Thursday, December 29, 2016


Fighters don't need much. Their great strength is in their lack of limitations. They can use any weapon, wear any armor, and they have the best attack rolls in the game.

But hey... here are some bennies for fighters that kinda make sense to me.

Cleave or Combat Dominance: Kill a bastard, make another attack. Limit equals level.

Attack and Attack Again: At level 9 you get 2 attacks per round.

Weapon Focus: You practice your ass off and gain +1 to hit and damage with a single type of weapon.

The Vera Rule: You can forgo the weapon focus advantage and pick an actual, single, specific weapon item that you love oh so much and oil it and clean it and lick it... and gain +2 to hit and damage with that specific weapon. You MUST use a weapon for 1 full level before you can rightly name it as your Vera... so don't lose it.


Ye olde cleric suffers from but one underlying problem. It is a class that screams out for religious specificity but it is generic as hell. Are we seriously to believe that priests of Kindheart the Good have the exact same restrictions and spell lists as priests of Cutheart the Wicked? I don't think so.

And sure, the text of some versions of the game will tell you to use your common sense and limit spells that might appear to be evil to those clerics of evil deities. And that's fine and dandy. But what about this ban on edged weapons? Clerics of Slitty the God of Knives can't use knives?

Like the thief, the cleric has has its fair share of debate and house rules over the years. And this is another example, in my opinion, where the Second Edition of the game really seemed to address the problem and kinda got it right. If you haven't read the 2e description of the Priest in a while you should check it out. The whole thing about spheres of influence is a bit fiddly for me and kinda restrains things but it's a valiant effort to make priests more interesting to play (for the record, the “cleric” is the generic priest class of 2e... the good old class we all know and love).

I'm not breaking new ground here. But this is how I handle clerics and how I'll be handling them moving forward. The stuff I'm rattling on about below is not always clearly defined. This is because each campaign may have a totally different set of gods or a different way of interacting with divinity, if at all. If the thief is a specialist who is self-determined, the cleric is a specialist who is utterly constrained in their choices once they make the choice to follow a path of worship and service to a higher power. Those constraints should be tailored to suit the campaign if you want the reveal a fuller range of the cleric's great potential as a character class.

Anyhow... this is what I do...

PRAYER ROLL: Clerics have to pray for spells. I allow them to choose any spell from their list without preparing them ahead of time. Instead, they pray in the heat of the moment for miracles! This is a huge benefit. It turns your spell list into a Swiss Army knife, though you still have the same number of spell slots.

The catch is you have to pray for the power in order to cast it. So the player rolls a d6 and on a result of 1 the gods are deaf, ambivalent, or downright snobbish and refuse to grant the power. The spell does not work.

I fooled around with fiddly rules that would account for falling out of favor, changing the die type up or down. But in the end I think that sort of thing works best if left entirely up to DM fiat. If the cleric is acting obviously out of alignment with their god, then the DM could change the failure range to 1-2 on a d6 until the cleric atones and corrects their behavior.

In the first campaign I ran using this rule I had a situation or two in which the cleric was in very good favor and I either waived the prayer roll for one or two spells or I had the player roll a d8 instead. But those rules are not codified and I don't think they should be.

SPECIFICITY: If I'm running a one-shot at a con or something like that I'll just use the cleric as-written (with the prayer roll). But when I'm doing a campaign or I have more time for prep I want deity-specific clerics. What makes the priestess of Jeff the God of Chairs functionally different from the priest of Bonan the God of Beheading? If there's no functional difference then the religions become all color... kind of meaningless in game terms.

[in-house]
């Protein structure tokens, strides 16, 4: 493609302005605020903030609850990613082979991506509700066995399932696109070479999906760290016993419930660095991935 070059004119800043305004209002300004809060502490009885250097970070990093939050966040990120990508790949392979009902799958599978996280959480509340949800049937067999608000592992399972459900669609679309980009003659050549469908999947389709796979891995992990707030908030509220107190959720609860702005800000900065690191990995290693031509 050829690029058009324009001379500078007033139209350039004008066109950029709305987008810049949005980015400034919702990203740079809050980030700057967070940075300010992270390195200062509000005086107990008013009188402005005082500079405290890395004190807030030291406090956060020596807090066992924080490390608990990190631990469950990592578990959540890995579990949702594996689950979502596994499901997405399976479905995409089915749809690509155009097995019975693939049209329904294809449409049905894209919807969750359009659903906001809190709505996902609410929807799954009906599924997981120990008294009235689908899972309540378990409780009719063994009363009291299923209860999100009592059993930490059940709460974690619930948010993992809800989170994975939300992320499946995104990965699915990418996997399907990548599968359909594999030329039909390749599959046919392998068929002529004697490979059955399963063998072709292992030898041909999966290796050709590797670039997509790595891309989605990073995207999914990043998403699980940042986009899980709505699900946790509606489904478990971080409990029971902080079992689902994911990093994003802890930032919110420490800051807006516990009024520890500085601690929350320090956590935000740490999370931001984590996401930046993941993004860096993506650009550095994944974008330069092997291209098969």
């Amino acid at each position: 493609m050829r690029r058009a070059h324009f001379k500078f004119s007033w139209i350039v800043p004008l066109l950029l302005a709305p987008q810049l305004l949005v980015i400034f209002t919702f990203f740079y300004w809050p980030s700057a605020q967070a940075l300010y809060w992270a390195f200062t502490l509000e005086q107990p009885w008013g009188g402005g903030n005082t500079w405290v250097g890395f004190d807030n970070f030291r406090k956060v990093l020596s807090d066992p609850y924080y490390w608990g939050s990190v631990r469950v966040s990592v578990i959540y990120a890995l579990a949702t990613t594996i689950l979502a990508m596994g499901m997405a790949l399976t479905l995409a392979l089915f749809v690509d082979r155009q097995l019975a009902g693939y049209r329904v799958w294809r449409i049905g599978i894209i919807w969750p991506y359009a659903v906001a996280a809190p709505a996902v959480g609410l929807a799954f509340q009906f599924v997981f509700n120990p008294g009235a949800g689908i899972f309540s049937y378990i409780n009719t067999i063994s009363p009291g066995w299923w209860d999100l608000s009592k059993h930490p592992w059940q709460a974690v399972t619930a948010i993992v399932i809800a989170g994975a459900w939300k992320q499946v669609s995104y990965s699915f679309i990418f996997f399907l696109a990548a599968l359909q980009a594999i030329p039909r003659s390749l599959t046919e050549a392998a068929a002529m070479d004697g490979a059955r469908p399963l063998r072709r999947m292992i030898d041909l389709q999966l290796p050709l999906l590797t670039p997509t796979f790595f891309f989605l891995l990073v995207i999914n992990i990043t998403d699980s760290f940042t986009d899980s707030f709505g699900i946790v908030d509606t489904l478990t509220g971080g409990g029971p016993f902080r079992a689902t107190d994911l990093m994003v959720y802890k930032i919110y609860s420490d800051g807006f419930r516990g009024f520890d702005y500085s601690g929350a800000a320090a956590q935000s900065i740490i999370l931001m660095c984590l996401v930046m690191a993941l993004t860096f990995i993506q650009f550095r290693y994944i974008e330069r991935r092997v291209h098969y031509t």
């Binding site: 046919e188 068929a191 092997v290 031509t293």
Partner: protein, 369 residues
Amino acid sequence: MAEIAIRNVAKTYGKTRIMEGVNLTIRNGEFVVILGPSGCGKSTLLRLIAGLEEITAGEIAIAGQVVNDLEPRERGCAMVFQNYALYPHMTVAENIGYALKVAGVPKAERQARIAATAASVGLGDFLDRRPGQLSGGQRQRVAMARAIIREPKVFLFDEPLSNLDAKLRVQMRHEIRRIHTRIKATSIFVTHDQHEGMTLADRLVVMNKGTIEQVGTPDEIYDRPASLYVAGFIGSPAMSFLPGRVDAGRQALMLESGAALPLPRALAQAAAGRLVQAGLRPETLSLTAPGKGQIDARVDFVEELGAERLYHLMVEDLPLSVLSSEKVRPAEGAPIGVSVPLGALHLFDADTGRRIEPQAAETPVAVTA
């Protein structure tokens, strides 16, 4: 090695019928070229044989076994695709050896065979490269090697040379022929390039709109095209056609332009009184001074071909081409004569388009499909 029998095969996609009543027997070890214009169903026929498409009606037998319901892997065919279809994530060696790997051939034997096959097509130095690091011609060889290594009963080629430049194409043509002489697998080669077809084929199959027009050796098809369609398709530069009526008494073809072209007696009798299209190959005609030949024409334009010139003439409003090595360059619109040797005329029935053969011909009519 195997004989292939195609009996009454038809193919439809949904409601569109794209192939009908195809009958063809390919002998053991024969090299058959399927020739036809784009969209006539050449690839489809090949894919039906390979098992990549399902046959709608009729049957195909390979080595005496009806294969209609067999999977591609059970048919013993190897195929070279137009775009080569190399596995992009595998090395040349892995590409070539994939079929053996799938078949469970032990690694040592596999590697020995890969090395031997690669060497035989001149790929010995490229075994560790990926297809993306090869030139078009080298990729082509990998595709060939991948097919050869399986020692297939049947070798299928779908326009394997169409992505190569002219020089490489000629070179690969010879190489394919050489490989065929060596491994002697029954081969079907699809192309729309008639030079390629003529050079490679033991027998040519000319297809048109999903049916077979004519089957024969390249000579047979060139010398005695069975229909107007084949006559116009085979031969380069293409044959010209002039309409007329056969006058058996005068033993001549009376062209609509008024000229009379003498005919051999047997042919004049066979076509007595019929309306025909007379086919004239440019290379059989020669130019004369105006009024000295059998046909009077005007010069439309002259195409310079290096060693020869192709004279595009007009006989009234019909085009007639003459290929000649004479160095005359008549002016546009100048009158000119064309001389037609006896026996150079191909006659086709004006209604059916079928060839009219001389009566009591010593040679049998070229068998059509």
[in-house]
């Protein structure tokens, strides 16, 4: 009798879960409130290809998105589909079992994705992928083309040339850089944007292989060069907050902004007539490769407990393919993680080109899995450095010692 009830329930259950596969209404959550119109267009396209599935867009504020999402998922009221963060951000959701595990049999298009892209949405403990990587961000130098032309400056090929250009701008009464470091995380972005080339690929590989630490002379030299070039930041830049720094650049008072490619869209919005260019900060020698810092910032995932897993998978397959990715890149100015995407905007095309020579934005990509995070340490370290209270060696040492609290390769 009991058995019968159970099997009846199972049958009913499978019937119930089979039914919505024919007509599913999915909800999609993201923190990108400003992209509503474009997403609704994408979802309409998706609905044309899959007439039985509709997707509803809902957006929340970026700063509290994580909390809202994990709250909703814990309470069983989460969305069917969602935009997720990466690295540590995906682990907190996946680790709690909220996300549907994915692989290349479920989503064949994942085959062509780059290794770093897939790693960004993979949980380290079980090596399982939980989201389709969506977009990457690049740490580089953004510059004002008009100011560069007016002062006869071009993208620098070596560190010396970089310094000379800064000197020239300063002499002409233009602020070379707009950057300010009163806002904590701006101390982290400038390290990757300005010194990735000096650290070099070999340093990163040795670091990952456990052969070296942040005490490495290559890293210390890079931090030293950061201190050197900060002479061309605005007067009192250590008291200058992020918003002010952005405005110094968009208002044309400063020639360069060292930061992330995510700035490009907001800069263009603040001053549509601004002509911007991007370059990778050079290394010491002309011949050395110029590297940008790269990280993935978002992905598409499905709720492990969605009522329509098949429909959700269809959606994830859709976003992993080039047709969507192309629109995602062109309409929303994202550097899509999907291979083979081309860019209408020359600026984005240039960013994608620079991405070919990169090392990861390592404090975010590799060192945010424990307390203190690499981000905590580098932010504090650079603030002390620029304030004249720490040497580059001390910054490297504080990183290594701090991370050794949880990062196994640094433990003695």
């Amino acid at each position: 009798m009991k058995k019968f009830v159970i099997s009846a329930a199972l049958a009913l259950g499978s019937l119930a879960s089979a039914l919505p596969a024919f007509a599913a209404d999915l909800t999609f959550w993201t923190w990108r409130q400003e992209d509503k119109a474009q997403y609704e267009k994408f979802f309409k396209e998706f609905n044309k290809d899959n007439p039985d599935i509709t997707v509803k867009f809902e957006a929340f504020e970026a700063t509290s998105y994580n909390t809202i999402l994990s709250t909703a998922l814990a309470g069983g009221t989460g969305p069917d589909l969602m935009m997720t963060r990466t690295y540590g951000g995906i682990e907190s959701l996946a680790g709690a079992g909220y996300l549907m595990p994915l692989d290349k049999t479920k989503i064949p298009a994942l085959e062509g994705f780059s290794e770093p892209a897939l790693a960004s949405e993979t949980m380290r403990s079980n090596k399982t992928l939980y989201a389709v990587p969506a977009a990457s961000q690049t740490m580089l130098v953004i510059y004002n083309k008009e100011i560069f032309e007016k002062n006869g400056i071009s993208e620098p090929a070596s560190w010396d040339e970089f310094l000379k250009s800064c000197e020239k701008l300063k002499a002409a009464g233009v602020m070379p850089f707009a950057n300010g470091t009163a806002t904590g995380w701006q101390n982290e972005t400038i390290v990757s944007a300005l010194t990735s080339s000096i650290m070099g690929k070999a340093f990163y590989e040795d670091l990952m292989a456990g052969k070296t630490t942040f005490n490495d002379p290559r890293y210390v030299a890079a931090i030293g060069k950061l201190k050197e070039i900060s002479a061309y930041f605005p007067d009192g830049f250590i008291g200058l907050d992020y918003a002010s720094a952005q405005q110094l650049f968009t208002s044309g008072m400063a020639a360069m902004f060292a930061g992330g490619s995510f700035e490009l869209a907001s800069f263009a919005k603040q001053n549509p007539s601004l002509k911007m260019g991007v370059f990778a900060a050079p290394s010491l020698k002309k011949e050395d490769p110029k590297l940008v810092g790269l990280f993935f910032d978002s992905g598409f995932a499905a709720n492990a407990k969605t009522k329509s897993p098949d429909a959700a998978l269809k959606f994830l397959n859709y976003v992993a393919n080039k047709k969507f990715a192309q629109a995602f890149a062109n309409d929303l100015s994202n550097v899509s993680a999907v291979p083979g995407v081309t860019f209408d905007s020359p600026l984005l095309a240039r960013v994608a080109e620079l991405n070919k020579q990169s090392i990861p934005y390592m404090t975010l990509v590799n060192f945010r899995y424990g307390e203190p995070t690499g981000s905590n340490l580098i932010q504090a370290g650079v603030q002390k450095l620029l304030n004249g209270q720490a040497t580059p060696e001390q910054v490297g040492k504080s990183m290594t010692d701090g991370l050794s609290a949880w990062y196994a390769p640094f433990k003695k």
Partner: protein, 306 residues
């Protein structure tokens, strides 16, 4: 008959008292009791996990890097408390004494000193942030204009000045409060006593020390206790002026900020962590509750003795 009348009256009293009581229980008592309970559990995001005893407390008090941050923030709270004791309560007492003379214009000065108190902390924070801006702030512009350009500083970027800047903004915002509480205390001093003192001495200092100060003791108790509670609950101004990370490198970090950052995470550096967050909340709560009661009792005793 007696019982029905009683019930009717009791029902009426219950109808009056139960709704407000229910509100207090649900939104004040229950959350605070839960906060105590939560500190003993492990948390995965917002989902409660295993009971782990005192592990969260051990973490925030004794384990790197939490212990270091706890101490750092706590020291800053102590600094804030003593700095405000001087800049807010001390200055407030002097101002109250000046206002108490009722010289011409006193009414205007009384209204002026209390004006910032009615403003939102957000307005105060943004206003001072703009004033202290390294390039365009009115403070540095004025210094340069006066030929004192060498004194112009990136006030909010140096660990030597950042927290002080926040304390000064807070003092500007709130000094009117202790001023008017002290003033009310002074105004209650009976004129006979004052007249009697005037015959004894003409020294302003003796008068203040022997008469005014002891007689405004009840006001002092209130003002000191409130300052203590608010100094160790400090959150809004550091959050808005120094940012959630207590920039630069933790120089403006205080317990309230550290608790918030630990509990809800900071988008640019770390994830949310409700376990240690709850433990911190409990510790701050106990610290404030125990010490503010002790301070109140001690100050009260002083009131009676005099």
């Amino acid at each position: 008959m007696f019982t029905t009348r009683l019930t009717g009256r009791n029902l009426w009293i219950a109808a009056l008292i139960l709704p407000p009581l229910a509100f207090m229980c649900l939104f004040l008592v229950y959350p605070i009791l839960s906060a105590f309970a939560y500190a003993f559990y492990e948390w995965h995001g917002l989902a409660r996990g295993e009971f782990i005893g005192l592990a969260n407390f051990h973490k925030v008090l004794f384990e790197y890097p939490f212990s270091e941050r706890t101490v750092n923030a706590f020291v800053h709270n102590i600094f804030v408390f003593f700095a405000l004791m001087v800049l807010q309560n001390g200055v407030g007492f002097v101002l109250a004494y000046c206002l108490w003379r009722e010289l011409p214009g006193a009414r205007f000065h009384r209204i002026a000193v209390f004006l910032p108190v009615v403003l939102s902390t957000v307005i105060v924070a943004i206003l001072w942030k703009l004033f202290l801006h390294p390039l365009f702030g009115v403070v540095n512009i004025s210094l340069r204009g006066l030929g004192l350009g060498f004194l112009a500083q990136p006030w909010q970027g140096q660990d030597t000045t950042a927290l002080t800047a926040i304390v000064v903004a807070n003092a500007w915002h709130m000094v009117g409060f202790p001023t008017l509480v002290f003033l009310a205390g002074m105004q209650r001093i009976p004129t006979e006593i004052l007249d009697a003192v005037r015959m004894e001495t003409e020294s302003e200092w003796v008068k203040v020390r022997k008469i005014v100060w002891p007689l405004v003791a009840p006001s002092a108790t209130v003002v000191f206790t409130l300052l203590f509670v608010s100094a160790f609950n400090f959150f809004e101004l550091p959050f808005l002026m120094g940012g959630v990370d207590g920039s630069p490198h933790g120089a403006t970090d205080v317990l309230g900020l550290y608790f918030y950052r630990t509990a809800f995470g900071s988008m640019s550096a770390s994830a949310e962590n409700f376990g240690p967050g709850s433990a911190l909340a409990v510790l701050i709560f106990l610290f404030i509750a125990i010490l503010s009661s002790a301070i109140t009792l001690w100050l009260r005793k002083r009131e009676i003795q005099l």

So I'll usually do one or two or all of the things below in order to define a cleric of god X vs. a cleric of god Y.

  1. Change the turn undead power to something else. Maybe it doesn't make as much sense for a priest of the god of machines to turn undead. Instead, maybe they control golems and automatons using the same rules. In my home campaign, the clerics of Frimm the War God can summon the spirits of slain warriors to fight with them instead of turning undead.
  2. Change the banned weapons. It makes sense to limit weapons and armor if it seems like the god in question would care about those things. So play with that idea. I have one cleric sub-class who worship an evil deity that only allows them to tote specially cursed ritual daggers. Another sub-class worshiping a god of tricks and thievery may only pack small weapons that are easily hidden.
  3. Limit the spell list. This one seems simple but can lead to more work than you expect. Depending on how vast your cleric spell list is, you might find it hard to come up with appropriate spells in the right numbers. You might have to... invent new spells! I heartily encourage you to do so. After all, doesn't it make sense that Jibber the God of Babbling has a handful of spells related to talking? And why would a priestess of Rikki the God of Mongooses have any interest in turning sticks into snakes?
  4. Set requirements for the cleric that aren't related to spells or combat. A cleric is not a priest of the temple required to be in attendance day in and day out but they ARE a representative of the god abroad. So they MUST show people what their god is all about. That might require proselytizing, preaching, and cajoling for new converts. Or they might belong to a secret order and might actually hide the fact that they are a cleric at all. They might merely be required to spend x turns per day making a sacrifice or reading a sacred text. If you feel like you've given the cleric a few too many bennies in other areas you can hit them hard with daily requirements and restrictions on behavior. See the classic paladin class or maybe even the cavalier for examples of that. Of course it CAN get silly if you go too far... a cleric of Jeff the God of Chairs should not be required to sit in every chair they find... right? Hmmm....